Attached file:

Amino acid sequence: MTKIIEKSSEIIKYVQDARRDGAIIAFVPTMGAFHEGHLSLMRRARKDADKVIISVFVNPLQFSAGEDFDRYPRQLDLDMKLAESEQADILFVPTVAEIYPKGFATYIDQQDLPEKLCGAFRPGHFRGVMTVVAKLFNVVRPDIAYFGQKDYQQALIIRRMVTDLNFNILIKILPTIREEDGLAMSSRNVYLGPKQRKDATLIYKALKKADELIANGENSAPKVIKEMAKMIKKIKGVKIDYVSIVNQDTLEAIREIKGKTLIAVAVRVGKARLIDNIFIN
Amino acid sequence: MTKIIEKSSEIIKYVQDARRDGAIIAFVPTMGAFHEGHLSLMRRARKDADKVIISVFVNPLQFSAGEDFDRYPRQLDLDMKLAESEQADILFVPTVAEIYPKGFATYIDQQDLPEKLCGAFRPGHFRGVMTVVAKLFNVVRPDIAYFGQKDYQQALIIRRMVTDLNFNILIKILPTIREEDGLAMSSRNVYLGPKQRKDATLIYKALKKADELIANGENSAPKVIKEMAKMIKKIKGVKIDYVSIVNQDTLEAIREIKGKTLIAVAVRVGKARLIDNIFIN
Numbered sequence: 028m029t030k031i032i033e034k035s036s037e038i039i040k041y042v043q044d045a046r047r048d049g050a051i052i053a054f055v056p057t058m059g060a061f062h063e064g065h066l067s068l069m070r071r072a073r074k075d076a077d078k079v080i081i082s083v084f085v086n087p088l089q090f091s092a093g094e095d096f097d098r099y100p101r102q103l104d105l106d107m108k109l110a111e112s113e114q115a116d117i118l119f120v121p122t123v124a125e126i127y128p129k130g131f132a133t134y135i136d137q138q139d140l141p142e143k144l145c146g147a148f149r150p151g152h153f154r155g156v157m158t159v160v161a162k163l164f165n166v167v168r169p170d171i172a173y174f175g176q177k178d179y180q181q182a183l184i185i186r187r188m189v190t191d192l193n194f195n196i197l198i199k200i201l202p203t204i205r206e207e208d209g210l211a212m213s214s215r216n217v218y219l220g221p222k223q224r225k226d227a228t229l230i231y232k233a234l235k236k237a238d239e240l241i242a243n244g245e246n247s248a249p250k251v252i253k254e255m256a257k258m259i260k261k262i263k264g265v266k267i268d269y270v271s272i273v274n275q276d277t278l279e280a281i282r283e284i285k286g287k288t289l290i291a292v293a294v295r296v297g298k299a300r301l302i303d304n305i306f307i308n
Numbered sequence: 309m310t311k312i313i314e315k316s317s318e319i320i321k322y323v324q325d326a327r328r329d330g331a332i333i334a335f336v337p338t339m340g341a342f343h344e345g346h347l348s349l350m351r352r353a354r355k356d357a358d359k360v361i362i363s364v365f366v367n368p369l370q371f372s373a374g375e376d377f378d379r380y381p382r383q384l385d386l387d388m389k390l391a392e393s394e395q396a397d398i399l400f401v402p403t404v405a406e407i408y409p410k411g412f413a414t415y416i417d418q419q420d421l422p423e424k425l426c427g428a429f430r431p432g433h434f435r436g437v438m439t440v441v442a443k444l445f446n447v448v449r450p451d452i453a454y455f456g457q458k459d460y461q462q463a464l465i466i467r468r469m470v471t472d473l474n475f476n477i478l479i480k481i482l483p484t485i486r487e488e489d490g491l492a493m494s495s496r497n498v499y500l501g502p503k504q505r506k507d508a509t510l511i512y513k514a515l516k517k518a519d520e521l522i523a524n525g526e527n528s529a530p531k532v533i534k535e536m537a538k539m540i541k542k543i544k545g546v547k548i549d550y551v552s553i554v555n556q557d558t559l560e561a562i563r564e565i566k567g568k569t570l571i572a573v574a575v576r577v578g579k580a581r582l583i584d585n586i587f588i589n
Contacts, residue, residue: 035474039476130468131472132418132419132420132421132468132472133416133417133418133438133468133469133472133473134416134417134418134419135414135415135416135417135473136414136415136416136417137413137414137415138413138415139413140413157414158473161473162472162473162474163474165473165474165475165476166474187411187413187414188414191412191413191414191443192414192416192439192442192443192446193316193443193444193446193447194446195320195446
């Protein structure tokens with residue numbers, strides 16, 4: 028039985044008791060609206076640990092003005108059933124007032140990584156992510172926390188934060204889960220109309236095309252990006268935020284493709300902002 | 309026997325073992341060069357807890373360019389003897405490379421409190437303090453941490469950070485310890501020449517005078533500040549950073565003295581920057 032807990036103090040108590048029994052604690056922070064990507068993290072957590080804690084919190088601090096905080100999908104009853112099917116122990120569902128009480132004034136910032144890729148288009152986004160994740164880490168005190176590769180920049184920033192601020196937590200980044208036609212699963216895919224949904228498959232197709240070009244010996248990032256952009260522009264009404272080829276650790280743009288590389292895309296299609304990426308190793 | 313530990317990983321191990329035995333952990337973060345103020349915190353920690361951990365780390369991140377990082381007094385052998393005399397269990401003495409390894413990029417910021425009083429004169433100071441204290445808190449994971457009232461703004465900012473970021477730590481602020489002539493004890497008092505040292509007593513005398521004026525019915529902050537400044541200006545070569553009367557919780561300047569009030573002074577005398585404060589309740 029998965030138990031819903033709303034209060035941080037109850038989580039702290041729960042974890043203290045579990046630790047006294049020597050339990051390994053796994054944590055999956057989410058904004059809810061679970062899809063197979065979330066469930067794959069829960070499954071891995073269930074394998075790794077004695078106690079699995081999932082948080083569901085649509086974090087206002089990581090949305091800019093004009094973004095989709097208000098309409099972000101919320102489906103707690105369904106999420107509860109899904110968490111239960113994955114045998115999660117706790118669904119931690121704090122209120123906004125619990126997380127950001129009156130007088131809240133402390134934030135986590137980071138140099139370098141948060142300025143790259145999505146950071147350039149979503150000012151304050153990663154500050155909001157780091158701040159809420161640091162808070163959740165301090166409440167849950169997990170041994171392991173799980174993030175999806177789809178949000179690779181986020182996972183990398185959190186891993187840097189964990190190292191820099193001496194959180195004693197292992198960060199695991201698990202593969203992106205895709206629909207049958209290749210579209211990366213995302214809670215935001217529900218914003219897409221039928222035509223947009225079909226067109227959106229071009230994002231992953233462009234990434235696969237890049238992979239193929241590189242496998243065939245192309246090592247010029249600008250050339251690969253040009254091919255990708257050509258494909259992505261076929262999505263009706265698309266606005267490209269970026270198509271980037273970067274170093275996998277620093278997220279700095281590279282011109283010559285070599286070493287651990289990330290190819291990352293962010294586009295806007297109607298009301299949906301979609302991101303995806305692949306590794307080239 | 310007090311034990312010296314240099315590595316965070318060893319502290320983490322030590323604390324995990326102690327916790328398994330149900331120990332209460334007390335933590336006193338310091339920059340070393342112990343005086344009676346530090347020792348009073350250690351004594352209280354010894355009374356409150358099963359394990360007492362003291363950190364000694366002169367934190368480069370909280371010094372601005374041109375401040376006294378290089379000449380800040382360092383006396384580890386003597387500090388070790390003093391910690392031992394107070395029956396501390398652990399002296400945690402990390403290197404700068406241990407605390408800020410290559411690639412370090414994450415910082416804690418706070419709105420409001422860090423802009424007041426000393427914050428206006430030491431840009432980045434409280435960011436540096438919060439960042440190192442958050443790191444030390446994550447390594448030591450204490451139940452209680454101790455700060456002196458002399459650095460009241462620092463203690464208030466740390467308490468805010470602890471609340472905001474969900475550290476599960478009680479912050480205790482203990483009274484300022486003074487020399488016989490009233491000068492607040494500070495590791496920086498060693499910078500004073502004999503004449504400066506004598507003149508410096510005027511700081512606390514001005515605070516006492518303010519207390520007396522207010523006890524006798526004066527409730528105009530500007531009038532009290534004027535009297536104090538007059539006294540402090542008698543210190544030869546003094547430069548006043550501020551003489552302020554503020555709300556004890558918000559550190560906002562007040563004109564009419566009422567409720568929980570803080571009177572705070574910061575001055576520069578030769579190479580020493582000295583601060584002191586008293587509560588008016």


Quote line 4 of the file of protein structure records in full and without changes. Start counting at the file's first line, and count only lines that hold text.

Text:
Numbered sequence: 309m310t311k312i313i314e315k316s317s318e319i320i321k322y323v324q325d326a327r328r329d330g331a332i333i334a335f336v337p338t339m340g341a342f343h344e345g346h347l348s349l350m351r352r353a354r355k356d357a358d359k360v361i362i363s364v365f366v367n368p369l370q371f372s373a374g375e376d377f378d379r380y381p382r383q384l385d386l387d388m389k390l391a392e393s394e395q396a397d398i399l400f401v402p403t404v405a406e407i408y409p410k411g412f413a414t415y416i417d418q419q420d421l422p423e424k425l426c427g428a429f430r431p432g433h434f435r436g437v438m439t440v441v442a443k444l445f446n447v448v449r450p451d452i453a454y455f456g457q458k459d460y461q462q463a464l465i466i467r468r469m470v471t472d473l474n475f476n477i478l479i480k481i482l483p484t485i486r487e488e489d490g491l492a493m494s495s496r497n498v499y500l501g502p503k504q505r506k507d508a509t510l511i512y513k514a515l516k517k518a519d520e521l522i523a524n525g526e527n528s529a530p531k532v533i534k535e536m537a538k539m540i541k542k543i544k545g546v547k548i549d550y551v552s553i554v555n556q557d558t559l560e561a562i563r564e565i566k567g568k569t570l571i572a573v574a575v576r577v578g579k580a581r582l583i584d585n586i587f588i589n